Let me stress that we’re engaging this process gradually. Right now we are in a pilot stage with nine diverse parishes. They are not nine isolated parishes going through a lonely process but rather we have brought together their pastors for prayer and reflection. In the coming weeks we will to bring together the staffs of these parishes for prayer, reflection, and ongoing formation in evangelization. We will learn a lot from the experience of these pilot parishes and it will help refine the process as we enter in successive years each of the three phases of parish planning – phases that take into account likely retirements and other changes of personnel. The important thing is that we don’t give into the temptation to make this an administrative task of merely condensing our parishes. It is and must be a process truly rooted in the Church’s mission not merely to maintain itself but to spread the Gospel, to help as many as possible to encounter Christ, to walk with people in their life’s journey, to go to the peripheries in search of the poor and those who feel disconnected.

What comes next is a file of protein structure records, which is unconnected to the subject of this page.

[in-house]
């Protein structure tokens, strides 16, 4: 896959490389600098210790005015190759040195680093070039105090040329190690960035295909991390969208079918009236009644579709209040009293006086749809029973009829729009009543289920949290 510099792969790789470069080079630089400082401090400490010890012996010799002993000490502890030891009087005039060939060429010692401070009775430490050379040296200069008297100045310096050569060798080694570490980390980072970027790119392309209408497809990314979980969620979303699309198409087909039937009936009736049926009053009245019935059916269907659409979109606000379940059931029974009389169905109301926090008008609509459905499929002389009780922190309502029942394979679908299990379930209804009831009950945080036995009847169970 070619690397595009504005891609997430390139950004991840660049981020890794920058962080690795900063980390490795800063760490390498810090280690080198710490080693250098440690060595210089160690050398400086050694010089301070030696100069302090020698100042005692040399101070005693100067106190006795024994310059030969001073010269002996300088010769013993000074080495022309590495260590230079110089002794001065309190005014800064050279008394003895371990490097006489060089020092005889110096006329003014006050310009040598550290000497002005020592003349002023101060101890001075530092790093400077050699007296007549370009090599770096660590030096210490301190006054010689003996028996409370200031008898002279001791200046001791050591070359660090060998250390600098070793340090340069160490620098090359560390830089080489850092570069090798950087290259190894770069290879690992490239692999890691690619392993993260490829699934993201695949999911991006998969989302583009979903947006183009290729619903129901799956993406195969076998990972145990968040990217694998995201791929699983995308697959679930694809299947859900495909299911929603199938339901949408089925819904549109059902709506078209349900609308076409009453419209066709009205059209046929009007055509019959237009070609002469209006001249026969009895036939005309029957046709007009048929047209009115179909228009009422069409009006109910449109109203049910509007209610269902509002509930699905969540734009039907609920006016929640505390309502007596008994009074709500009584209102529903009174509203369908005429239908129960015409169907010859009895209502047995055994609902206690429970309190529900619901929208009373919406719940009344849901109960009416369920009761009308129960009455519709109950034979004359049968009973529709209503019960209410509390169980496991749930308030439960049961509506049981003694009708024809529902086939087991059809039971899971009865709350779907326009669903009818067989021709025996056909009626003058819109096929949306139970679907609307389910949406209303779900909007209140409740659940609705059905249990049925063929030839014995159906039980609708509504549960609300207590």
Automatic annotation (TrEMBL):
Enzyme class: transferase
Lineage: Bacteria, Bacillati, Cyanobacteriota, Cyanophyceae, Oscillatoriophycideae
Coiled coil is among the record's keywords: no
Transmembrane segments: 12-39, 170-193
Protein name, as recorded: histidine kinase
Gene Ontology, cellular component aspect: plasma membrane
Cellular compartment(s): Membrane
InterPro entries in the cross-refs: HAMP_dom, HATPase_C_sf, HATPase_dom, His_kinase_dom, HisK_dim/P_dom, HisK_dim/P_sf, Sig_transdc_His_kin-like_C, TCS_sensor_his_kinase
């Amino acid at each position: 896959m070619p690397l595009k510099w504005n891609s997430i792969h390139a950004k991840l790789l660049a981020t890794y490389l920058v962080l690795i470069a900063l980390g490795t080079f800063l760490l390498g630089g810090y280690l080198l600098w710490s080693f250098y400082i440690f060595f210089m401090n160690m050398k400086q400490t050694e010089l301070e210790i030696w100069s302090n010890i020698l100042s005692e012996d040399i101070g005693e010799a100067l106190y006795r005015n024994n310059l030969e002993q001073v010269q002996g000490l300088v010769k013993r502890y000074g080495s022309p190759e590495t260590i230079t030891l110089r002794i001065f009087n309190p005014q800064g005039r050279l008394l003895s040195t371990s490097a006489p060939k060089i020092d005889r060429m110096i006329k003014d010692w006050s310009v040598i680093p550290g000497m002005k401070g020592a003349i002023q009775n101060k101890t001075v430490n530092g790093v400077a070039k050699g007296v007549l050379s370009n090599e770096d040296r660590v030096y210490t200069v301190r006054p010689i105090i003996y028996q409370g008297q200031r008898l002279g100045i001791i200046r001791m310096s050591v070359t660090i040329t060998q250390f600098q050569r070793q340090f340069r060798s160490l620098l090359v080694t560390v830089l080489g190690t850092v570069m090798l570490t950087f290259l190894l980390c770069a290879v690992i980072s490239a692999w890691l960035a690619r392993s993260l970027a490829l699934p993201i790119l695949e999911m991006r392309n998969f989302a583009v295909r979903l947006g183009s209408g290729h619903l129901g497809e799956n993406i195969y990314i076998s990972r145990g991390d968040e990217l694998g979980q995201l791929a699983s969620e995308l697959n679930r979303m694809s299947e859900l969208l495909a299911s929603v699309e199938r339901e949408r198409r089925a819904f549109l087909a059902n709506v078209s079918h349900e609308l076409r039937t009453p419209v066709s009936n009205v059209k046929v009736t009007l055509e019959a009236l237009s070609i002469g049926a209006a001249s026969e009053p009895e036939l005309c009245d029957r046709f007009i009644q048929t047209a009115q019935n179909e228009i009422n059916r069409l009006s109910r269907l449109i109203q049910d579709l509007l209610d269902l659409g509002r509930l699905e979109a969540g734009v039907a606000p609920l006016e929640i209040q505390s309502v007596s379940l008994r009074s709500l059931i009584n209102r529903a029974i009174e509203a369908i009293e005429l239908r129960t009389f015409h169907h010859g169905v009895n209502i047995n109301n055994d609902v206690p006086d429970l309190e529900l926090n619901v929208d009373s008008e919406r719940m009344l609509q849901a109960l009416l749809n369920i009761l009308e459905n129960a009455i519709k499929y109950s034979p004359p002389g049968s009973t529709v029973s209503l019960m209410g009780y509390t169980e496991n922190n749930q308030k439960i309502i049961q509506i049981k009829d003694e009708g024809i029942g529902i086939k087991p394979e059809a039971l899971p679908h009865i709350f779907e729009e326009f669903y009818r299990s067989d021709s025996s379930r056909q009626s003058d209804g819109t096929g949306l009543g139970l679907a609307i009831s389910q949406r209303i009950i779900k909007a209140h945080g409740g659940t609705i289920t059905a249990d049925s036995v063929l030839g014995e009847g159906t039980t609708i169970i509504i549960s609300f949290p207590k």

The task before us may seem overwhelming. We might take a look at the culture with all its hot-button issues and ask how we could ever convince a lot of skeptical people that the Church has something important, life-giving, to say on those issues. Or we might say to ourselves that the theology of evangelization is complicated, that we never studied it in school, or that it remains a vaguely “Protestant” term. Or we might just feel uncomfortable with engaging people at a level that is deeper than usual, that is very personal. Or we may feel that because of past scandals the Church has an uphill battle in advancing its mission of evangelization. And we might feel that with declining Mass attendance and sacramental practice the challenge is just too great, so it’s best just to do our jobs, hoping for the best but perhaps expecting the worst.